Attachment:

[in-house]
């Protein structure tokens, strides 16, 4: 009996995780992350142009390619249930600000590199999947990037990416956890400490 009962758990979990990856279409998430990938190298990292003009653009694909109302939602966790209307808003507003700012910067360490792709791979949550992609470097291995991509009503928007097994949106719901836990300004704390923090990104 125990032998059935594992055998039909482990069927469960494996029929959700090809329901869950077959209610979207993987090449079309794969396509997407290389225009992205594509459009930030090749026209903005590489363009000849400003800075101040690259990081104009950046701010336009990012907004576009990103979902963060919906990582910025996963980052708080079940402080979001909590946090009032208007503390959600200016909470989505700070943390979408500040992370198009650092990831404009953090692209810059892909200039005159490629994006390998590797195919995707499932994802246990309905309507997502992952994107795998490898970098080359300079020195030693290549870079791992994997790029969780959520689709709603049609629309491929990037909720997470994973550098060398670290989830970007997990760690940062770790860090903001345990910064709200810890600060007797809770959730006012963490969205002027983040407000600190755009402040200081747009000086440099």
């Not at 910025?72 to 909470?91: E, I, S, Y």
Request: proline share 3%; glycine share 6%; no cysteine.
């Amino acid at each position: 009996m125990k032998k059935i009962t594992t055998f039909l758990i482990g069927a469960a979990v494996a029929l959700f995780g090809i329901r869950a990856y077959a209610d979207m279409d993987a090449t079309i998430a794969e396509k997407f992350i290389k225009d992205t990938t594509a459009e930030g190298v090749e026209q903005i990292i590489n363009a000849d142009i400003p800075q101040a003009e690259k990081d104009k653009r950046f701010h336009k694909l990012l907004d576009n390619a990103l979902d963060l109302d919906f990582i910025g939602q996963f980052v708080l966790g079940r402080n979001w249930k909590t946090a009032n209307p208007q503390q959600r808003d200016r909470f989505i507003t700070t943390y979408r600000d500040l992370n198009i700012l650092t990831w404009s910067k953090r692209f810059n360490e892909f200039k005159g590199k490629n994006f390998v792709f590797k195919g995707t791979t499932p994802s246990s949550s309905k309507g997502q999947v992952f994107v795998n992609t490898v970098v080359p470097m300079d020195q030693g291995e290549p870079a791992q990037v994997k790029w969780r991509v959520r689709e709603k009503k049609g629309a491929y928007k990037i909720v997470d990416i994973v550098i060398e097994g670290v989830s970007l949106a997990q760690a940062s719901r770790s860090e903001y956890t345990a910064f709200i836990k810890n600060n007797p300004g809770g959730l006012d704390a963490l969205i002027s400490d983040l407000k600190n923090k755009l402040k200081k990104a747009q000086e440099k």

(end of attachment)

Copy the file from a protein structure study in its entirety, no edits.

[in-house]
């Protein structure tokens, strides 16, 4: 009996995780992350142009390619249930600000590199999947990037990416956890400490 009962758990979990990856279409998430990938190298990292003009653009694909109302939602966790209307808003507003700012910067360490792709791979949550992609470097291995991509009503928007097994949106719901836990300004704390923090990104 125990032998059935594992055998039909482990069927469960494996029929959700090809329901869950077959209610979207993987090449079309794969396509997407290389225009992205594509459009930030090749026209903005590489363009000849400003800075101040690259990081104009950046701010336009990012907004576009990103979902963060919906990582910025996963980052708080079940402080979001909590946090009032208007503390959600200016909470989505700070943390979408500040992370198009650092990831404009953090692209810059892909200039005159490629994006390998590797195919995707499932994802246990309905309507997502992952994107795998490898970098080359300079020195030693290549870079791992994997790029969780959520689709709603049609629309491929990037909720997470994973550098060398670290989830970007997990760690940062770790860090903001345990910064709200810890600060007797809770959730006012963490969205002027983040407000600190755009402040200081747009000086440099």
């Not at 910025?72 to 909470?91: E, I, S, Y």
Request: proline share 3%; glycine share 6%; no cysteine.
């Amino acid at each position: 009996m125990k032998k059935i009962t594992t055998f039909l758990i482990g069927a469960a979990v494996a029929l959700f995780g090809i329901r869950a990856y077959a209610d979207m279409d993987a090449t079309i998430a794969e396509k997407f992350i290389k225009d992205t990938t594509a459009e930030g190298v090749e026209q903005i990292i590489n363009a000849d142009i400003p800075q101040a003009e690259k990081d104009k653009r950046f701010h336009k694909l990012l907004d576009n390619a990103l979902d963060l109302d919906f990582i910025g939602q996963f980052v708080l966790g079940r402080n979001w249930k909590t946090a009032n209307p208007q503390q959600r808003d200016r909470f989505i507003t700070t943390y979408r600000d500040l992370n198009i700012l650092t990831w404009s910067k953090r692209f810059n360490e892909f200039k005159g590199k490629n994006f390998v792709f590797k195919g995707t791979t499932p994802s246990s949550s309905k309507g997502q999947v992952f994107v795998n992609t490898v970098v080359p470097m300079d020195q030693g291995e290549p870079a791992q990037v994997k790029w969780r991509v959520r689709e709603k009503k049609g629309a491929y928007k990037i909720v997470d990416i994973v550098i060398e097994g670290v989830s970007l949106a997990q760690a940062s719901r770790s860090e903001y956890t345990a910064f709200i836990k810890n600060n007797p300004g809770g959730l006012d704390a963490l969205i002027s400490d983040l407000k600190n923090k755009l402040k200081k990104a747009q000086e440099k």